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I had a question about a result that I found myself trying to use often.

Suppose $\{a_n\}$ and $\{b_n\}$ are sequences in $[0,\infty]$ such that $a_n \leq b_n$ for all $n \in \mathbb{N}$. Then,

\begin{equation} \sum_{n = 1}^\infty a_n \leq \sum_{n = 1}^\infty b_n \end{equation}

I know that this result holds for sequences taking values in $[0,\infty)$, so my question is really about if allowing $\infty$ to appear in the sequence changes the results. I think that the same proof holds here, namely

\begin{equation} \sum_{n = 1}^\infty a_n = \lim_{N \to \infty} \sum_{n = 1}^N a_n \leq\lim_{N \to \infty} \sum_{n = 1}^N b_n = \sum_{n = 1}^\infty b_n \end{equation}

For clarity, I will also note that I'm using the convention that for any $x \in [0,\infty)$, $x < \infty$ and $x + \infty = \infty$.

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    $\begingroup$ Yup, the proof would likely be identical. Intuitively, note that, for all except some specified $i$, $a_i$ and $b_i$ are finite. When some $b_i$ is infinite, the sum $\sum b_i$ from then onwards would be infinite, and thus $\sum a_i \le \sum b_i = \infty$ regardless of whatever values $a_i$ takes on. If $a_i = \infty$ for any particular $i$, then $a_i = b_i = \infty$ on the premise of $a_i \le b_i \; \forall i$, and thus $\infty = \sum a_i \le \sum b_i = \infty$. So the inclusion of $\infty$ doesn't seem to pose any problems. $\endgroup$ – Eevee Trainer Mar 25 at 21:29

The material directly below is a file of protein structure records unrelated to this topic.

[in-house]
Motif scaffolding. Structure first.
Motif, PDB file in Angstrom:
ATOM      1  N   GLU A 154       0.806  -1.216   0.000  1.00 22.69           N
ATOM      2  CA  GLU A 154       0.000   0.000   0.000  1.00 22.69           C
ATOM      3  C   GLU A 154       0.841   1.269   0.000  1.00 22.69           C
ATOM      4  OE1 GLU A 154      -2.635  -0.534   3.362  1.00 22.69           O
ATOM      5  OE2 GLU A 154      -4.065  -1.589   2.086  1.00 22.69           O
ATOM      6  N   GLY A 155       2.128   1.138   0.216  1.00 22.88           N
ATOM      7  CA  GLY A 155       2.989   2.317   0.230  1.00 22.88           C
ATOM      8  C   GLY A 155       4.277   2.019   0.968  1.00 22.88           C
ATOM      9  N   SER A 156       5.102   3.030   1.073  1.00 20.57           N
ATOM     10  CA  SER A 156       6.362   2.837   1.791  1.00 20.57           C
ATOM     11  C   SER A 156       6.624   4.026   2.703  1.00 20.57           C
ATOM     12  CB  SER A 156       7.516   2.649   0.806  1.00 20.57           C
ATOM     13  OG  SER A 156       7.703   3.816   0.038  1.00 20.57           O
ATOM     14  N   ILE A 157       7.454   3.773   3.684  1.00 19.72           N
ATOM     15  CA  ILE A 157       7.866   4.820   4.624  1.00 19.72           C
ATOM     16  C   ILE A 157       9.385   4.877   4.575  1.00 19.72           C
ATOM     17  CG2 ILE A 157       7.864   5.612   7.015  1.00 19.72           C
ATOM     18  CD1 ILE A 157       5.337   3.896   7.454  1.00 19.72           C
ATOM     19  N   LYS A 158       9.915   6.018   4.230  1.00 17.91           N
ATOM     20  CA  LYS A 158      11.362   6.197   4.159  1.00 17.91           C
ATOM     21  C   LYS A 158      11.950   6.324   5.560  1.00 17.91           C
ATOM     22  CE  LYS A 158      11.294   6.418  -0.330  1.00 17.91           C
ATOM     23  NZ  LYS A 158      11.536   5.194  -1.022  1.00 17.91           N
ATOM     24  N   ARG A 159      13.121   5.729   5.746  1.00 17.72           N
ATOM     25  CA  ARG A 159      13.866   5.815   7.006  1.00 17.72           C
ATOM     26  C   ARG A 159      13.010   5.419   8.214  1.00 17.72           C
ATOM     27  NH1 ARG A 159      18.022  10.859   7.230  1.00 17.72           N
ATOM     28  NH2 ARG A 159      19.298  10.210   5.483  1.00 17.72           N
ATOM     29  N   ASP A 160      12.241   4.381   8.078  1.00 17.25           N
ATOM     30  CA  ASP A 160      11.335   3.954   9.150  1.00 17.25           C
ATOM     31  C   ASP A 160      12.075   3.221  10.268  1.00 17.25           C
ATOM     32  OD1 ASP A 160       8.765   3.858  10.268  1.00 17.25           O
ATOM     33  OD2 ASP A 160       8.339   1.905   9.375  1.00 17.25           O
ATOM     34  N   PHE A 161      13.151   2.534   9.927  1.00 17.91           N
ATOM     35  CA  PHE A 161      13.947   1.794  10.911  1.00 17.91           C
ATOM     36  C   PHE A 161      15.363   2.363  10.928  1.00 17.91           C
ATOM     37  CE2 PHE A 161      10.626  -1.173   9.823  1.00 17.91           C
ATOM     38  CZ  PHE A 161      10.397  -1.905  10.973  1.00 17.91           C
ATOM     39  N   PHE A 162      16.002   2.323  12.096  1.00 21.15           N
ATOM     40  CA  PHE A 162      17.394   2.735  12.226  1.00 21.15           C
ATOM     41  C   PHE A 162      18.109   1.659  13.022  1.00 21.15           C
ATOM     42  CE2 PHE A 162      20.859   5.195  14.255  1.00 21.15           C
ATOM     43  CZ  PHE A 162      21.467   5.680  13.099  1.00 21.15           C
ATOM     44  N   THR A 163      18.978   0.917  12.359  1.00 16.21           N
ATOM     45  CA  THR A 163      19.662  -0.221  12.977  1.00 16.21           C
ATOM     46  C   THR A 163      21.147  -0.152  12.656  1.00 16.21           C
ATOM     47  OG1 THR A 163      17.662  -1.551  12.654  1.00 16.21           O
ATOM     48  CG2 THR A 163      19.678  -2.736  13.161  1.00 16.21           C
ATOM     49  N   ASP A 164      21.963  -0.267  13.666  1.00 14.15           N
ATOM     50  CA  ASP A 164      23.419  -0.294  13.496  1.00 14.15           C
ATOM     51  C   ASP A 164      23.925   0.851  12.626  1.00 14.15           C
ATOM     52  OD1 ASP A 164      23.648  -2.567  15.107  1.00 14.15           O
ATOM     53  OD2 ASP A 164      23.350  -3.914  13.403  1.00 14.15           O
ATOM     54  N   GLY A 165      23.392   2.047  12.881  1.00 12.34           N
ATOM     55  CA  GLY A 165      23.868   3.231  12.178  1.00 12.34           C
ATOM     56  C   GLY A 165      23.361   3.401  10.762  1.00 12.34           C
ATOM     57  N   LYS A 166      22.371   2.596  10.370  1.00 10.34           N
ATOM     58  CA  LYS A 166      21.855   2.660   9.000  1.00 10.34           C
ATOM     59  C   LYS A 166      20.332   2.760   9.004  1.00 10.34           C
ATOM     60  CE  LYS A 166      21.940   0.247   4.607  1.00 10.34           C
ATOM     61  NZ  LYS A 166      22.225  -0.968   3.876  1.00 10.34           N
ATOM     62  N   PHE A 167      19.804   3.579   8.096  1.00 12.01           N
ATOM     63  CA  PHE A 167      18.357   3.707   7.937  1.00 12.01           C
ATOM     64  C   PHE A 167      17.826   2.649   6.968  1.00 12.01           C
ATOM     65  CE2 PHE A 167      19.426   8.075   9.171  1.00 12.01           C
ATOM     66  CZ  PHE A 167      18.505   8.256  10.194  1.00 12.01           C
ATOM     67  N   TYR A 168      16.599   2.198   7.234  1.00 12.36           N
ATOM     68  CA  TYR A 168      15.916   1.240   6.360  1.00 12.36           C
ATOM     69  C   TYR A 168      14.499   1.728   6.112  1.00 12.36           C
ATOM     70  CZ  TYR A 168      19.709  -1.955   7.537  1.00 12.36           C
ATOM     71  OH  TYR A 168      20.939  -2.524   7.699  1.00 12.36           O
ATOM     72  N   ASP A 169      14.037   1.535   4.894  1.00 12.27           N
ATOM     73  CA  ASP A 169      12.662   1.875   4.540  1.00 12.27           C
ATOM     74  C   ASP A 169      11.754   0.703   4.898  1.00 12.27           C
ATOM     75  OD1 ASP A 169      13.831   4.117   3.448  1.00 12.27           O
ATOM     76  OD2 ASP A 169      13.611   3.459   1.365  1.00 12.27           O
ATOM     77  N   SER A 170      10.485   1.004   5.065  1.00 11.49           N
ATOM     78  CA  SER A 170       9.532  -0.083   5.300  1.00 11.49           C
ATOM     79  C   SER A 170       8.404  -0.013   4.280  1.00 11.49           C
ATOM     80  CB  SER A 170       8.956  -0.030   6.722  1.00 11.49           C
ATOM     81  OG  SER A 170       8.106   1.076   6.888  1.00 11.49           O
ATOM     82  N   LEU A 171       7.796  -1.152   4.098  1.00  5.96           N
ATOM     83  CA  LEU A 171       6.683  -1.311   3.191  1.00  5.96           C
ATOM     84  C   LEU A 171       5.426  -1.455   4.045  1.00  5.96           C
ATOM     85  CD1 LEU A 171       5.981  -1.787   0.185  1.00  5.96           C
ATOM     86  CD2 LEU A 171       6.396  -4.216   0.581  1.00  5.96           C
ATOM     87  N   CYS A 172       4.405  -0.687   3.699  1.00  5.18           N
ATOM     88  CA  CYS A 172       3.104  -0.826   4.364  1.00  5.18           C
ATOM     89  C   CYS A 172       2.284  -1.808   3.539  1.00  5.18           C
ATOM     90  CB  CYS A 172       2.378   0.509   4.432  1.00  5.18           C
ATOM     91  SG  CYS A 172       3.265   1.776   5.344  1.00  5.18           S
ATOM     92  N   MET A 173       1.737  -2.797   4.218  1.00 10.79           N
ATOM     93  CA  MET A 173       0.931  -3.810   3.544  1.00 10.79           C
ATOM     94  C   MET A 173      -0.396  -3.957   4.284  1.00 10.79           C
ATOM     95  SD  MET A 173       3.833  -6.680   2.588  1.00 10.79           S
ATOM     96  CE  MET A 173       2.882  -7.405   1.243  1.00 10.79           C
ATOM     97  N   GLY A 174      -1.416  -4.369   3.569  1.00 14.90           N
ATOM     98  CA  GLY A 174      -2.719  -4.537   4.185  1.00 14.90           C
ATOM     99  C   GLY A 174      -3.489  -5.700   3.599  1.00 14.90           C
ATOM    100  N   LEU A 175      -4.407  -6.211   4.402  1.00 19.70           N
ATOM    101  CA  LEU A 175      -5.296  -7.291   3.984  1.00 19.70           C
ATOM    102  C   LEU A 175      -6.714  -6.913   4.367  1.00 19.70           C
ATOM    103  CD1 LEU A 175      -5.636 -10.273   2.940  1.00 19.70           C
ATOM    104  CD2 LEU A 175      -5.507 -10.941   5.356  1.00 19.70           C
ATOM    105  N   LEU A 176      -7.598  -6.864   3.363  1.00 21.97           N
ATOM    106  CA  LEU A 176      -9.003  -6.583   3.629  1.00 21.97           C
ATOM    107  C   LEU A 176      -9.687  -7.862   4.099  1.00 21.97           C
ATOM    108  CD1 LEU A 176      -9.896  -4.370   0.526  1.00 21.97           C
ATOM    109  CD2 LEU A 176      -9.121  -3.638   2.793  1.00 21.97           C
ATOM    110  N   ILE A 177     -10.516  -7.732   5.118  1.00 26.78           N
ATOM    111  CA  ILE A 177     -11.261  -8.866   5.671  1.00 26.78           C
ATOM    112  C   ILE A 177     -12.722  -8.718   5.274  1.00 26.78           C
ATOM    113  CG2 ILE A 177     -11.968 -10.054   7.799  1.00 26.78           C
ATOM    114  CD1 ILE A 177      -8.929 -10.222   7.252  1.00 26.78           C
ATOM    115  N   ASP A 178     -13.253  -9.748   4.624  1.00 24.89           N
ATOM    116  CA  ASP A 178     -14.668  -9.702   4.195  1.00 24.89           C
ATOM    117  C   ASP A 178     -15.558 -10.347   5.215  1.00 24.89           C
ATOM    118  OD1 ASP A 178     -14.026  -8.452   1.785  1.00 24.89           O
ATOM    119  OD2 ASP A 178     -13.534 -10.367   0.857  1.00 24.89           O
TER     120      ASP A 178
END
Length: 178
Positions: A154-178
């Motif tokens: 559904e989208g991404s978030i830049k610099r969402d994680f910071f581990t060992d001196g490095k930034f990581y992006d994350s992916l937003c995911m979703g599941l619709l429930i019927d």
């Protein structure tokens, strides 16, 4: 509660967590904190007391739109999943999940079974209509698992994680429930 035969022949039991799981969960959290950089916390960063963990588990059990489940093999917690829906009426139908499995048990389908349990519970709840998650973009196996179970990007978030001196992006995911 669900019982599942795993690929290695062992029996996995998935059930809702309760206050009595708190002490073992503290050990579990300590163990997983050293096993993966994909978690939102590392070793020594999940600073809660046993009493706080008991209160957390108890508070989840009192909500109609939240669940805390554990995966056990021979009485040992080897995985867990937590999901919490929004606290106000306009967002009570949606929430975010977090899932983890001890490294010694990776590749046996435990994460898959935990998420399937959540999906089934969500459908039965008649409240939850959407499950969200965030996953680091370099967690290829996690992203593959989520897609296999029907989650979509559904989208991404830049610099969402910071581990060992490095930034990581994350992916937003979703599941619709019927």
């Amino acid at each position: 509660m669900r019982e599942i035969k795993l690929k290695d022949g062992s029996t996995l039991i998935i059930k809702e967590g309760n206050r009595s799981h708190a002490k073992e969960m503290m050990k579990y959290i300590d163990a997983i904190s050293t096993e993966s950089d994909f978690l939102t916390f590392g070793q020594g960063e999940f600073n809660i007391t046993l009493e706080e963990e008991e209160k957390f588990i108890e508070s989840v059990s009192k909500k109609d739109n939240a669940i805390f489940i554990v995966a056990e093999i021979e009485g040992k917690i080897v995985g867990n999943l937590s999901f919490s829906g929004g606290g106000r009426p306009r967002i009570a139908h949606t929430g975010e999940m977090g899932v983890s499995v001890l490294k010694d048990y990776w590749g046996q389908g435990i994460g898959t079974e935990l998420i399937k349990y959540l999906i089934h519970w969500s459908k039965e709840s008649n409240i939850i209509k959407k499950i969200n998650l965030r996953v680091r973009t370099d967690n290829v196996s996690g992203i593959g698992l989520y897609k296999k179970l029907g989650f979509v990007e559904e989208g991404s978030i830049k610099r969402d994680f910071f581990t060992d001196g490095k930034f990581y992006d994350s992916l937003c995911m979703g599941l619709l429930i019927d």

• $\begingroup$ Awesome, I appreciate the confirmation. Your explanation also helps explain it intuitively very well. @EeveeTrainer $\endgroup$ – Colin Jackson Mar 25 at 21:38

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